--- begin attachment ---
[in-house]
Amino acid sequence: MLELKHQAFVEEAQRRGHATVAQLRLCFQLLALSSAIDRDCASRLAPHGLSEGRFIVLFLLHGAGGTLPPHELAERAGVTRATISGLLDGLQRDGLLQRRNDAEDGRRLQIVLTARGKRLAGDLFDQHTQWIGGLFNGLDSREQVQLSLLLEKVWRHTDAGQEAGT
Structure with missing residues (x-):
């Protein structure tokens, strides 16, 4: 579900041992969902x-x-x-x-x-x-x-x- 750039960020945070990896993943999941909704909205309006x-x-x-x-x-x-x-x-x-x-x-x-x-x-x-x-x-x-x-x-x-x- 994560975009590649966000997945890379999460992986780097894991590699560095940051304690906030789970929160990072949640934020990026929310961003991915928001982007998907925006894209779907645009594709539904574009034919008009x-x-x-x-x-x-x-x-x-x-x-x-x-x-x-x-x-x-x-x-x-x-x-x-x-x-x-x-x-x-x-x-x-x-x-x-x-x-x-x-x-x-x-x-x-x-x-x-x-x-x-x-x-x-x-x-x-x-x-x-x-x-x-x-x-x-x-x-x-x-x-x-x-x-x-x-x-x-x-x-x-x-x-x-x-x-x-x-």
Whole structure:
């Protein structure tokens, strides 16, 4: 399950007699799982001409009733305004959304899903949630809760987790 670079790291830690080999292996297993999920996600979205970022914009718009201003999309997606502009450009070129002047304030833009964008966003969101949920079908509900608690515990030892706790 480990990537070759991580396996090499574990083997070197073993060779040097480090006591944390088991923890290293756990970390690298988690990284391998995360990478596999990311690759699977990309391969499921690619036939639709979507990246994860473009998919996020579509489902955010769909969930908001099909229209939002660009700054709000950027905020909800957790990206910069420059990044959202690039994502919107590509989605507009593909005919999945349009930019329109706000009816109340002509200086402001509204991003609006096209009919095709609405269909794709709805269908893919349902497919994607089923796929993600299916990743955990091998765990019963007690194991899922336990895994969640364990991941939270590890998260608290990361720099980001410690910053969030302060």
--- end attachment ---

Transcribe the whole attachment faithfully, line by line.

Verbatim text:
[in-house]
Amino acid sequence: MLELKHQAFVEEAQRRGHATVAQLRLCFQLLALSSAIDRDCASRLAPHGLSEGRFIVLFLLHGAGGTLPPHELAERAGVTRATISGLLDGLQRDGLLQRRNDAEDGRRLQIVLTARGKRLAGDLFDQHTQWIGGLFNGLDSREQVQLSLLLEKVWRHTDAGQEAGT
Structure with missing residues (x-):
């Protein structure tokens, strides 16, 4: 579900041992969902x-x-x-x-x-x-x-x- 750039960020945070990896993943999941909704909205309006x-x-x-x-x-x-x-x-x-x-x-x-x-x-x-x-x-x-x-x-x-x- 994560975009590649966000997945890379999460992986780097894991590699560095940051304690906030789970929160990072949640934020990026929310961003991915928001982007998907925006894209779907645009594709539904574009034919008009x-x-x-x-x-x-x-x-x-x-x-x-x-x-x-x-x-x-x-x-x-x-x-x-x-x-x-x-x-x-x-x-x-x-x-x-x-x-x-x-x-x-x-x-x-x-x-x-x-x-x-x-x-x-x-x-x-x-x-x-x-x-x-x-x-x-x-x-x-x-x-x-x-x-x-x-x-x-x-x-x-x-x-x-x-x-x-x-």
Whole structure:
């Protein structure tokens, strides 16, 4: 399950007699799982001409009733305004959304899903949630809760987790 670079790291830690080999292996297993999920996600979205970022914009718009201003999309997606502009450009070129002047304030833009964008966003969101949920079908509900608690515990030892706790 480990990537070759991580396996090499574990083997070197073993060779040097480090006591944390088991923890290293756990970390690298988690990284391998995360990478596999990311690759699977990309391969499921690619036939639709979507990246994860473009998919996020579509489902955010769909969930908001099909229209939002660009700054709000950027905020909800957790990206910069420059990044959202690039994502919107590509989605507009593909005919999945349009930019329109706000009816109340002509200086402001509204991003609006096209009919095709609405269909794709709805269908893919349902497919994607089923796929993600299916990743955990091998765990019963007690194991899922336990895994969640364990991941939270590890998260608290990361720099980001410690910053969030302060």